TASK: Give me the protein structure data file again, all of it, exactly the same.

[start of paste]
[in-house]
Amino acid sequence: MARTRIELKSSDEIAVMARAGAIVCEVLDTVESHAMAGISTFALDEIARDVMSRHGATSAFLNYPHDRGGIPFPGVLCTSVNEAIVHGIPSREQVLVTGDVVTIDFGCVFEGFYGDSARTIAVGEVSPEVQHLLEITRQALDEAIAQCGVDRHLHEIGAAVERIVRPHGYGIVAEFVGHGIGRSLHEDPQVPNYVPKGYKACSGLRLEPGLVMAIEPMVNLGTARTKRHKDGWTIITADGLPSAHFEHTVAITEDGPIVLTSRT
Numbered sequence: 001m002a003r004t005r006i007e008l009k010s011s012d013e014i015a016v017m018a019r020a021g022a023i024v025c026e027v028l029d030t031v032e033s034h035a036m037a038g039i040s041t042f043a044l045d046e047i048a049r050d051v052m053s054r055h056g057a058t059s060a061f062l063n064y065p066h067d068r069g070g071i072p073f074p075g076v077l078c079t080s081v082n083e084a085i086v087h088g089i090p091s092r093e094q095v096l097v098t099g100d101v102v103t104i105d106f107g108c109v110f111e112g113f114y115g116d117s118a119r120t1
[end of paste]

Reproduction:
[in-house]
Amino acid sequence: MARTRIELKSSDEIAVMARAGAIVCEVLDTVESHAMAGISTFALDEIARDVMSRHGATSAFLNYPHDRGGIPFPGVLCTSVNEAIVHGIPSREQVLVTGDVVTIDFGCVFEGFYGDSARTIAVGEVSPEVQHLLEITRQALDEAIAQCGVDRHLHEIGAAVERIVRPHGYGIVAEFVGHGIGRSLHEDPQVPNYVPKGYKACSGLRLEPGLVMAIEPMVNLGTARTKRHKDGWTIITADGLPSAHFEHTVAITEDGPIVLTSRT
Numbered sequence: 001m002a003r004t005r006i007e008l009k010s011s012d013e014i015a016v017m018a019r020a021g022a023i024v025c026e027v028l029d030t031v032e033s034h035a036m037a038g039i040s041t042f043a044l045d046e047i048a049r050d051v052m053s054r055h056g057a058t059s060a061f062l063n064y065p066h067d068r069g070g071i072p073f074p075g076v077l078c079t080s081v082n083e084a085i086v087h088g089i090p091s092r093e094q095v096l097v098t099g100d101v102v103t104i105d106f107g108c109v110f111e112g113f114y115g116d117s118a119r120t1